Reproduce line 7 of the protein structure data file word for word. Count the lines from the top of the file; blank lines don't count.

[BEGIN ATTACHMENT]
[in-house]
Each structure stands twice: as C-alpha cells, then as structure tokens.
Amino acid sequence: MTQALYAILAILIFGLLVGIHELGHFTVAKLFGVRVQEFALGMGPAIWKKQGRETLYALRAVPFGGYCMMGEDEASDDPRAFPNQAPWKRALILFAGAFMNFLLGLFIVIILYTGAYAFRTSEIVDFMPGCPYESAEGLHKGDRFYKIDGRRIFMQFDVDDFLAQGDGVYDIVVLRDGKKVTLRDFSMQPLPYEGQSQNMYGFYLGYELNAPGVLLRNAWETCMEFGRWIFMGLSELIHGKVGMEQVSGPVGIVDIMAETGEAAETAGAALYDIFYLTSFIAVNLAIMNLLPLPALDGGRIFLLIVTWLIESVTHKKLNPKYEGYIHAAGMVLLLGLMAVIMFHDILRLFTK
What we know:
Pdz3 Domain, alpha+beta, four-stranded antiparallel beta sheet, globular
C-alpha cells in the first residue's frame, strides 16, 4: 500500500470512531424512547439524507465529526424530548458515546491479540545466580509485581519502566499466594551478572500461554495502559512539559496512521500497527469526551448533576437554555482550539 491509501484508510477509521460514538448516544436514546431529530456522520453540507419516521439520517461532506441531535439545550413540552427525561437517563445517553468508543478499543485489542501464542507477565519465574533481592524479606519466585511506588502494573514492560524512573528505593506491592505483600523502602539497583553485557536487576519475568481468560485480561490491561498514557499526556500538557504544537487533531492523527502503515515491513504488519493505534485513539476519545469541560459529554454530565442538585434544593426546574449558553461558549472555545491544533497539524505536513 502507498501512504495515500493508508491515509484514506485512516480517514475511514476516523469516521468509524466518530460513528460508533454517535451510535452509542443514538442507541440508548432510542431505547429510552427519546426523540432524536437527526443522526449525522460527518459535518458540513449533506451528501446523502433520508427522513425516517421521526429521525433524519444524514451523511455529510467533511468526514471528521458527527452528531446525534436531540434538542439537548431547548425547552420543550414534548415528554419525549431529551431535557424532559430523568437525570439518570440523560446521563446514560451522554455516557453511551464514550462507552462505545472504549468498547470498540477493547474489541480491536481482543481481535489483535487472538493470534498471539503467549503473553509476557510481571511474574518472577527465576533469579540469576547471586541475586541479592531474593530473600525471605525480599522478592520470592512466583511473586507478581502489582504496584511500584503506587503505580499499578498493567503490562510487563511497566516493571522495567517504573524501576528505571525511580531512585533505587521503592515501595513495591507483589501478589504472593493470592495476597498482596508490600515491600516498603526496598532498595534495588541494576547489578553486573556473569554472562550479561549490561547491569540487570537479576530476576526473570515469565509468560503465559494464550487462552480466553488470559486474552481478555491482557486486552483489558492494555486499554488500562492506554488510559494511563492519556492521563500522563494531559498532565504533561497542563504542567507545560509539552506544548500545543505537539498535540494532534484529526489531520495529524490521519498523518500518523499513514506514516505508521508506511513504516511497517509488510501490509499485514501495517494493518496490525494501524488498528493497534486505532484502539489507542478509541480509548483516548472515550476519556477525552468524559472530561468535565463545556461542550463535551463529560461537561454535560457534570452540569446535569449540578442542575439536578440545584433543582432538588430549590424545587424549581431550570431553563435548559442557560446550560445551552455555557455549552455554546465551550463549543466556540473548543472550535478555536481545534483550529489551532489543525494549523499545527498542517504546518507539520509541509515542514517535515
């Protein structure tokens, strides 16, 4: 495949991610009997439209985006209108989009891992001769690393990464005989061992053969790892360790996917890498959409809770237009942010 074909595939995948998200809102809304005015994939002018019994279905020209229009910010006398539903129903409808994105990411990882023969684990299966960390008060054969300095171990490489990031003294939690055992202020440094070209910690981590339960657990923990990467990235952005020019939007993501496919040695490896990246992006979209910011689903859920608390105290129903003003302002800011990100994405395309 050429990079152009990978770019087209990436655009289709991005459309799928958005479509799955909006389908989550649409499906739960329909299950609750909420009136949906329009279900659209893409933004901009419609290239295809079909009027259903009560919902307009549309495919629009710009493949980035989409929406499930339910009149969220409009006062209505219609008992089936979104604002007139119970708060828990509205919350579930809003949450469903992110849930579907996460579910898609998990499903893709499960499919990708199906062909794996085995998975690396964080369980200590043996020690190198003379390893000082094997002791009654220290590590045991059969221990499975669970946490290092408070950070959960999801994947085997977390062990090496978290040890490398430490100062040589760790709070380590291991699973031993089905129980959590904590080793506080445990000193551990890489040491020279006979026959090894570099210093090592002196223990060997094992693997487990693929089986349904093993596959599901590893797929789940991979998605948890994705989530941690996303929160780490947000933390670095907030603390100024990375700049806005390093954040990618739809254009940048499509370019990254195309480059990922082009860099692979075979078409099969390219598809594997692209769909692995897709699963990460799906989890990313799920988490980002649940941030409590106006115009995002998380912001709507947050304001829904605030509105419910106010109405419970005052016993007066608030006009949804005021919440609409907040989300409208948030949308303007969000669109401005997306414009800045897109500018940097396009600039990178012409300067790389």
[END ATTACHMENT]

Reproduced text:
């Protein structure tokens, strides 16, 4: 495949991610009997439209985006209108989009891992001769690393990464005989061992053969790892360790996917890498959409809770237009942010 074909595939995948998200809102809304005015994939002018019994279905020209229009910010006398539903129903409808994105990411990882023969684990299966960390008060054969300095171990490489990031003294939690055992202020440094070209910690981590339960657990923990990467990235952005020019939007993501496919040695490896990246992006979209910011689903859920608390105290129903003003302002800011990100994405395309 050429990079152009990978770019087209990436655009289709991005459309799928958005479509799955909006389908989550649409499906739960329909299950609750909420009136949906329009279900659209893409933004901009419609290239295809079909009027259903009560919902307009549309495919629009710009493949980035989409929406499930339910009149969220409009006062209505219609008992089936979104604002007139119970708060828990509205919350579930809003949450469903992110849930579907996460579910898609998990499903893709499960499919990708199906062909794996085995998975690396964080369980200590043996020690190198003379390893000082094997002791009654220290590590045991059969221990499975669970946490290092408070950070959960999801994947085997977390062990090496978290040890490398430490100062040589760790709070380590291991699973031993089905129980959590904590080793506080445990000193551990890489040491020279006979026959090894570099210093090592002196223990060997094992693997487990693929089986349904093993596959599901590893797929789940991979998605948890994705989530941690996303929160780490947000933390670095907030603390100024990375700049806005390093954040990618739809254009940048499509370019990254195309480059990922082009860099692979075979078409099969390219598809594997692209769909692995897709699963990460799906989890990313799920988490980002649940941030409590106006115009995002998380912001709507947050304001829904605030509105419910106010109405419970005052016993007066608030006009949804005021919440609409907040989300409208948030949308303007969000669109401005997306414009800045897109500018940097396009600039990178012409300067790389």